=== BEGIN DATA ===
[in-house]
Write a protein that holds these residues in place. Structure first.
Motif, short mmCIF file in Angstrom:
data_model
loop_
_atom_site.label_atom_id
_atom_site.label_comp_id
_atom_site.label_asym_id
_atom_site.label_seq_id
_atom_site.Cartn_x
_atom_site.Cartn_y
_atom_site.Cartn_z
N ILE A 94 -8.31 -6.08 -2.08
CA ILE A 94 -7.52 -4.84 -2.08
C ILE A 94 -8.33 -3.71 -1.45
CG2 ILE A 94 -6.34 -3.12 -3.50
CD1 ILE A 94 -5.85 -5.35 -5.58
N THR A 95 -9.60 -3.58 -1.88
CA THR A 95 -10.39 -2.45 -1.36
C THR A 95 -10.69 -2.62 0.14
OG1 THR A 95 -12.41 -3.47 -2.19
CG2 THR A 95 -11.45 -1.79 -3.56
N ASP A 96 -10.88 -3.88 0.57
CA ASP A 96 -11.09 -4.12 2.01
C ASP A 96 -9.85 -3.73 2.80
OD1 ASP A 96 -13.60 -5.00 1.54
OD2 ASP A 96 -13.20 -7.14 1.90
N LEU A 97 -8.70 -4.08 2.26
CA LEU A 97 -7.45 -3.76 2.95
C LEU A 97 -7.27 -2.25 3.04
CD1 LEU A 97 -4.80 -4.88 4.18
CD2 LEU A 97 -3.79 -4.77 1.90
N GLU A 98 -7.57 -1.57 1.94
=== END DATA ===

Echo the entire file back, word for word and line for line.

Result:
[in-house]
Write a protein that holds these residues in place. Structure first.
Motif, short mmCIF file in Angstrom:
data_model
loop_
_atom_site.label_atom_id
_atom_site.label_comp_id
_atom_site.label_asym_id
_atom_site.label_seq_id
_atom_site.Cartn_x
_atom_site.Cartn_y
_atom_site.Cartn_z
N ILE A 94 -8.31 -6.08 -2.08
CA ILE A 94 -7.52 -4.84 -2.08
C ILE A 94 -8.33 -3.71 -1.45
CG2 ILE A 94 -6.34 -3.12 -3.50
CD1 ILE A 94 -5.85 -5.35 -5.58
N THR A 95 -9.60 -3.58 -1.88
CA THR A 95 -10.39 -2.45 -1.36
C THR A 95 -10.69 -2.62 0.14
OG1 THR A 95 -12.41 -3.47 -2.19
CG2 THR A 95 -11.45 -1.79 -3.56
N ASP A 96 -10.88 -3.88 0.57
CA ASP A 96 -11.09 -4.12 2.01
C ASP A 96 -9.85 -3.73 2.80
OD1 ASP A 96 -13.60 -5.00 1.54
OD2 ASP A 96 -13.20 -7.14 1.90
N LEU A 97 -8.70 -4.08 2.26
CA LEU A 97 -7.45 -3.76 2.95
C LEU A 97 -7.27 -2.25 3.04
CD1 LEU A 97 -4.80 -4.88 4.18
CD2 LEU A 97 -3.79 -4.77 1.90
N GLU A 98 -7.57 -1.57 1.94